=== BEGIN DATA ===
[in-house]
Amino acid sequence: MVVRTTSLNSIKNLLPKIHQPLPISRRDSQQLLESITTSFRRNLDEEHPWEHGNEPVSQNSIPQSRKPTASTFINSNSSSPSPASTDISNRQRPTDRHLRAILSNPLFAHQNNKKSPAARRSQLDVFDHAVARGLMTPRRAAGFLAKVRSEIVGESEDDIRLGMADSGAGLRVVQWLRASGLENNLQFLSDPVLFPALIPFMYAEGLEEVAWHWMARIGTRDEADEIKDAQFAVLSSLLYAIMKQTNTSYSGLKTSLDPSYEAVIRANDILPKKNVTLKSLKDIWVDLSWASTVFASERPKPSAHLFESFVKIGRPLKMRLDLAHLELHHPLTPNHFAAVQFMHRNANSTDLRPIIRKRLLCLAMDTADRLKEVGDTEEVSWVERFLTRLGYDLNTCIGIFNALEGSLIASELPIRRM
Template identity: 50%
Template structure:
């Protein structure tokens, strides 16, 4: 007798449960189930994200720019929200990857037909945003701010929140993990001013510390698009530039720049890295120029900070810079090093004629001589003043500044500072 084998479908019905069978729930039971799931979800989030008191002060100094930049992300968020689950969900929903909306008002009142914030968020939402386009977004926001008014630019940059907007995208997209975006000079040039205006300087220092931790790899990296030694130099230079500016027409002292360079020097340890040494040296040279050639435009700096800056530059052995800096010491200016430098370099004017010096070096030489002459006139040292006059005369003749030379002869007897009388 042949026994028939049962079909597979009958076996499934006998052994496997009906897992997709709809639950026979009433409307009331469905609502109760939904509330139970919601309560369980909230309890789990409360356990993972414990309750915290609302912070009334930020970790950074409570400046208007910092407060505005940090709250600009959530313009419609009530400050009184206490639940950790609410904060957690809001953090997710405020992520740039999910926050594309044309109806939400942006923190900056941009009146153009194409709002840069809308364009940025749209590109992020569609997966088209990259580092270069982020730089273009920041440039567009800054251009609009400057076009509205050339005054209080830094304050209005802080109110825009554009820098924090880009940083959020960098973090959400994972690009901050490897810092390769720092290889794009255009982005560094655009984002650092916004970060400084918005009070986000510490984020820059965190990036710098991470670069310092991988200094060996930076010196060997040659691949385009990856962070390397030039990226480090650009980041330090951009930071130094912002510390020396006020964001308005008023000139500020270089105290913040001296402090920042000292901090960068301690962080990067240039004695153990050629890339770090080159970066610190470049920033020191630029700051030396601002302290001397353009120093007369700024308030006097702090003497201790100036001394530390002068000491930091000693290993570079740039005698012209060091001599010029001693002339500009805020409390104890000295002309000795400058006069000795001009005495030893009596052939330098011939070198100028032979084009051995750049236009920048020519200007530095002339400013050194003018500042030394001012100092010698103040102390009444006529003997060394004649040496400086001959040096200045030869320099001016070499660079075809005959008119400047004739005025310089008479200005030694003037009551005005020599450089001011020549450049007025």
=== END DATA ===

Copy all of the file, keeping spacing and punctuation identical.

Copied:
[in-house]
Amino acid sequence: MVVRTTSLNSIKNLLPKIHQPLPISRRDSQQLLESITTSFRRNLDEEHPWEHGNEPVSQNSIPQSRKPTASTFINSNSSSPSPASTDISNRQRPTDRHLRAILSNPLFAHQNNKKSPAARRSQLDVFDHAVARGLMTPRRAAGFLAKVRSEIVGESEDDIRLGMADSGAGLRVVQWLRASGLENNLQFLSDPVLFPALIPFMYAEGLEEVAWHWMARIGTRDEADEIKDAQFAVLSSLLYAIMKQTNTSYSGLKTSLDPSYEAVIRANDILPKKNVTLKSLKDIWVDLSWASTVFASERPKPSAHLFESFVKIGRPLKMRLDLAHLELHHPLTPNHFAAVQFMHRNANSTDLRPIIRKRLLCLAMDTADRLKEVGDTEEVSWVERFLTRLGYDLNTCIGIFNALEGSLIASELPIRRM
Template identity: 50%
Template structure:
């Protein structure tokens, strides 16, 4: 007798449960189930994200720019929200990857037909945003701010929140993990001013510390698009530039720049890295120029900070810079090093004629001589003043500044500072 084998479908019905069978729930039971799931979800989030008191002060100094930049992300968020689950969900929903909306008002009142914030968020939402386009977004926001008014630019940059907007995208997209975006000079040039205006300087220092931790790899990296030694130099230079500016027409002292360079020097340890040494040296040279050639435009700096800056530059052995800096010491200016430098370099004017010096070096030489002459006139040292006059005369003749030379002869007897009388 042949026994028939049962079909597979009958076996499934006998052994496997009906897992997709709809639950026979009433409307009331469905609502109760939904509330139970919601309560369980909230309890789990409360356990993972414990309750915290609302912070009334930020970790950074409570400046208007910092407060505005940090709250600009959530313009419609009530400050009184206490639940950790609410904060957690809001953090997710405020992520740039999910926050594309044309109806939400942006923190900056941009009146153009194409709002840069809308364009940025749209590109992020569609997966088209990259580092270069982020730089273009920041440039567009800054251009609009400057076009509205050339005054209080830094304050209005802080109110825009554009820098924090880009940083959020960098973090959400994972690009901050490897810092390769720092290889794009255009982005560094655009984002650092916004970060400084918005009070986000510490984020820059965190990036710098991470670069310092991988200094060996930076010196060997040659691949385009990856962070390397030039990226480090650009980041330090951009930071130094912002510390020396006020964001308005008023000139500020270089105290913040001296402090920042000292901090960068301690962080990067240039004695153990050629890339770090080159970066610190470049920033020191630029700051030396601002302290001397353009120093007369700024308030006097702090003497201790100036001394530390002068000491930091000693290993570079740039005698012209060091001599010029001693002339500009805020409390104890000295002309000795400058006069000795001009005495030893009596052939330098011939070198100028032979084009051995750049236009920048020519200007530095002339400013050194003018500042030394001012100092010698103040102390009444006529003997060394004649040496400086001959040096200045030869320099001016070499660079075809005959008119400047004739005025310089008479200005030694003037009551005005020599450089001011020549450049007025």